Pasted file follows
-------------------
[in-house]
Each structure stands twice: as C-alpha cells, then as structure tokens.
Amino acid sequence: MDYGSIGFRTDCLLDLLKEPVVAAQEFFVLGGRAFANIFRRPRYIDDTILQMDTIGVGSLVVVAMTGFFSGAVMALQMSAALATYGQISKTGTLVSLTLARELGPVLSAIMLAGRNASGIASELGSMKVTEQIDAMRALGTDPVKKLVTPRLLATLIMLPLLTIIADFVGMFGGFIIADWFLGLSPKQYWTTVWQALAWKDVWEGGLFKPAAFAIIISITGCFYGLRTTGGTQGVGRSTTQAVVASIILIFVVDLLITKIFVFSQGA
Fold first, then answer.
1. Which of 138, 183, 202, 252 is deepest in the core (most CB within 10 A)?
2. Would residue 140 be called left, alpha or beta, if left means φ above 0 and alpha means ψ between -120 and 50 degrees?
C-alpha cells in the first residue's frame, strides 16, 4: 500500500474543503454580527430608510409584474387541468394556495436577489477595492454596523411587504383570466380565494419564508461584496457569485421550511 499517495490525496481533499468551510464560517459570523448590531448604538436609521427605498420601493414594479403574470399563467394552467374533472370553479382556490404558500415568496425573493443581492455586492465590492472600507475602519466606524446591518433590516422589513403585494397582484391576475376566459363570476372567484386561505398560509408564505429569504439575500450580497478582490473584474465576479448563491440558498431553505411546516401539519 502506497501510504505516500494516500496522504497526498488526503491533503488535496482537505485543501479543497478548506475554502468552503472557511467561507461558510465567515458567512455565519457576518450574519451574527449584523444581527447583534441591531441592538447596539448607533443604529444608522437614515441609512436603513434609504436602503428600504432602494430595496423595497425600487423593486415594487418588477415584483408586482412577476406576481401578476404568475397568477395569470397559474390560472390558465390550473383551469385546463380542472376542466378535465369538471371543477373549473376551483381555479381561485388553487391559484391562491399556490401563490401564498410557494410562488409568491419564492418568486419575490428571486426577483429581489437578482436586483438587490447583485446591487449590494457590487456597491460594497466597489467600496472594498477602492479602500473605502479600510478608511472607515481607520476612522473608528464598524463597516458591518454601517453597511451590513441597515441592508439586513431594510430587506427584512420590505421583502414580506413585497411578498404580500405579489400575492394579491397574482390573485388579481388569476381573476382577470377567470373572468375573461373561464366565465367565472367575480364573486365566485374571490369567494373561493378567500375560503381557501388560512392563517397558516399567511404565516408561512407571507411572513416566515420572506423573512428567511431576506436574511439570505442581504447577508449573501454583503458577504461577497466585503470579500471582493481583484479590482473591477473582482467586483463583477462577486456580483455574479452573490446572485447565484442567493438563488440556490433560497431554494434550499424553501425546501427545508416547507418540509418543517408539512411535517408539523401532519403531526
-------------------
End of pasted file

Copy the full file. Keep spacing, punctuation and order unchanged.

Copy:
[in-house]
Each structure stands twice: as C-alpha cells, then as structure tokens.
Amino acid sequence: MDYGSIGFRTDCLLDLLKEPVVAAQEFFVLGGRAFANIFRRPRYIDDTILQMDTIGVGSLVVVAMTGFFSGAVMALQMSAALATYGQISKTGTLVSLTLARELGPVLSAIMLAGRNASGIASELGSMKVTEQIDAMRALGTDPVKKLVTPRLLATLIMLPLLTIIADFVGMFGGFIIADWFLGLSPKQYWTTVWQALAWKDVWEGGLFKPAAFAIIISITGCFYGLRTTGGTQGVGRSTTQAVVASIILIFVVDLLITKIFVFSQGA
Fold first, then answer.
1. Which of 138, 183, 202, 252 is deepest in the core (most CB within 10 A)?
2. Would residue 140 be called left, alpha or beta, if left means φ above 0 and alpha means ψ between -120 and 50 degrees?
C-alpha cells in the first residue's frame, strides 16, 4: 500500500474543503454580527430608510409584474387541468394556495436577489477595492454596523411587504383570466380565494419564508461584496457569485421550511 499517495490525496481533499468551510464560517459570523448590531448604538436609521427605498420601493414594479403574470399563467394552467374533472370553479382556490404558500415568496425573493443581492455586492465590492472600507475602519466606524446591518433590516422589513403585494397582484391576475376566459363570476372567484386561505398560509408564505429569504439575500450580497478582490473584474465576479448563491440558498431553505411546516401539519 502506497501510504505516500494516500496522504497526498488526503491533503488535496482537505485543501479543497478548506475554502468552503472557511467561507461558510465567515458567512455565519457576518450574519451574527449584523444581527447583534441591531441592538447596539448607533443604529444608522437614515441609512436603513434609504436602503428600504432602494430595496423595497425600487423593486415594487418588477415584483408586482412577476406576481401578476404568475397568477395569470397559474390560472390558465390550473383551469385546463380542472376542466378535465369538471371543477373549473376551483381555479381561485388553487391559484391562491399556490401563490401564498410557494410562488409568491419564492418568486419575490428571486426577483429581489437578482436586483438587490447583485446591487449590494457590487456597491460594497466597489467600496472594498477602492479602500473605502479600510478608511472607515481607520476612522473608528464598524463597516458591518454601517453597511451590513441597515441592508439586513431594510430587506427584512420590505421583502414580506413585497411578498404580500405579489400575492394579491397574482390573485388579481388569476381573476382577470377567470373572468375573461373561464366565465367565472367575480364573486365566485374571490369567494373561493378567500375560503381557501388560512392563517397558516399567511404565516408561512407571507411572513416566515420572506423573512428567511431576506436574511439570505442581504447577508449573501454583503458577504461577497466585503470579500471582493481583484479590482473591477473582482467586483463583477462577486456580483455574479452573490446572485447565484442567493438563488440556490433560497431554494434550499424553501425546501427545508416547507418540509418543517408539512411535517408539523401532519403531526